VL: What other letterpress artists inspire you and why?
Victoria: Dirk Fowler (f2 Design) is the reason I’m a letterpress printer and why the art form is important to Lubbock’s art community. [Fowler] is an internationally-known printer and I’m so grateful to him. Curtis Bauer (Q Ave Press) is also a local printer who, alongside Jennifer Snead and others, helped start the Letterpress Studio in the English department at Texas Tech University.
VL: What upcoming printmaking workshops do you have scheduled?
Victoria: On March 24, I’m offering a workshop with the local group Coffee & Creatives that all creative people are welcome to attend. I’ll also be teaching an introduction to letterpress class that will start in March. In my introduction classes, students learn how to hand-set type from our expanding collection of metal and wood typefaces, proper use of a Vandercook SP-15 and other proof/relief presses in the Helen DeVitt Jones Print Studio, how to mix ink for custom colors and more. It is one of the most popular classes at CASP, so sign up as early as you can!
Also, I’m working on two intermediate letterpress courses (anyone who has taken my introduction course can sign up for these) that will be posted this spring: the first in collaboration with a local book artist and the second that will focus on experimental letterpress methods of printing.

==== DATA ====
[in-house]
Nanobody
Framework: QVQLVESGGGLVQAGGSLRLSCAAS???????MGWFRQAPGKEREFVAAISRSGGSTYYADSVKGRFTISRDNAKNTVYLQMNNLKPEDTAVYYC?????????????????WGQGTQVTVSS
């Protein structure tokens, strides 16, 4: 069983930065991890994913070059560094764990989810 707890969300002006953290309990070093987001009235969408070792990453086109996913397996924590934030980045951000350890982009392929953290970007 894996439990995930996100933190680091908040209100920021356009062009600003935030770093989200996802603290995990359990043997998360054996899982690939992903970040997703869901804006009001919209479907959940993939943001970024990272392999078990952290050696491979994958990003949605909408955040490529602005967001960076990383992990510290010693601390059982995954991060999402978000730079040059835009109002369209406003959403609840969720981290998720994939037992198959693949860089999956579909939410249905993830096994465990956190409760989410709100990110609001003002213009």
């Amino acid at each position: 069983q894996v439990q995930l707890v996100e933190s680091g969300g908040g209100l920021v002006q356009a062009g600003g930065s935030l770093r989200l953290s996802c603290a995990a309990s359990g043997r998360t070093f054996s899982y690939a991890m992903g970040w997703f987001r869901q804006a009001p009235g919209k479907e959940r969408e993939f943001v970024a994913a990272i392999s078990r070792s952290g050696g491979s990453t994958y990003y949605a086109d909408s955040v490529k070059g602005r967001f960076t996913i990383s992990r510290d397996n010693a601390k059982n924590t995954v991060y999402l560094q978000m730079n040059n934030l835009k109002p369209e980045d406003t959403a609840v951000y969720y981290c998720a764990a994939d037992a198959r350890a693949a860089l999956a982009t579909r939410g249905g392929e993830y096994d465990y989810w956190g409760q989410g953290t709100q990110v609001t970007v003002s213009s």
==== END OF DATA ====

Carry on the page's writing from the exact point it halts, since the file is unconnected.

Additionally, CASP will host “Print Saturdays” from 1 to 5 p.m. every Saturday in April for all ages interested in exploring different methods of printmaking. For just a few dollars, you can come print designs on anything from t-shirts to notecards.
For a full list of upcoming classes and workshops: visit casp-arts.org, follow CASP or Victoria Marie Bee on Facebook or @casp_lbk and @vbee on Instagram. You can also email firstname.lastname@example.org or email@example.com if you would like to set up a private workshop for a group.
VL: When are the printmaking studio open hours and what do visitors need to know about open hours?
Victoria: The studio is open every Saturday from 1 to 6 p.m. This is subject to change in June, but we always post changes on our Facebook page and Instagram account. We encourage people to take a class before coming to open studio hours for training on the equipment and processes. Print Saturday/Sunday workshops (offered at least three months of the year, plus extra events for certain holidays) give people a taste of printmaking. It’s only $5 an hour, and you’ll want to bring your own paper. For screen printing, bring your own ink. There is a minimal ink fee for all other processes. We work with all levels of artists (children to professionals), so come on by and talk with us and we’ll figure out how to help you get printing!
Thanks, Victoria! Come print with us and share your art using #LiveLoveLubbock!
By: Visit Lubbock Interns
By: McKenna Dowdle
By: McKenna Dowdle
By: Visit Lubbock Interns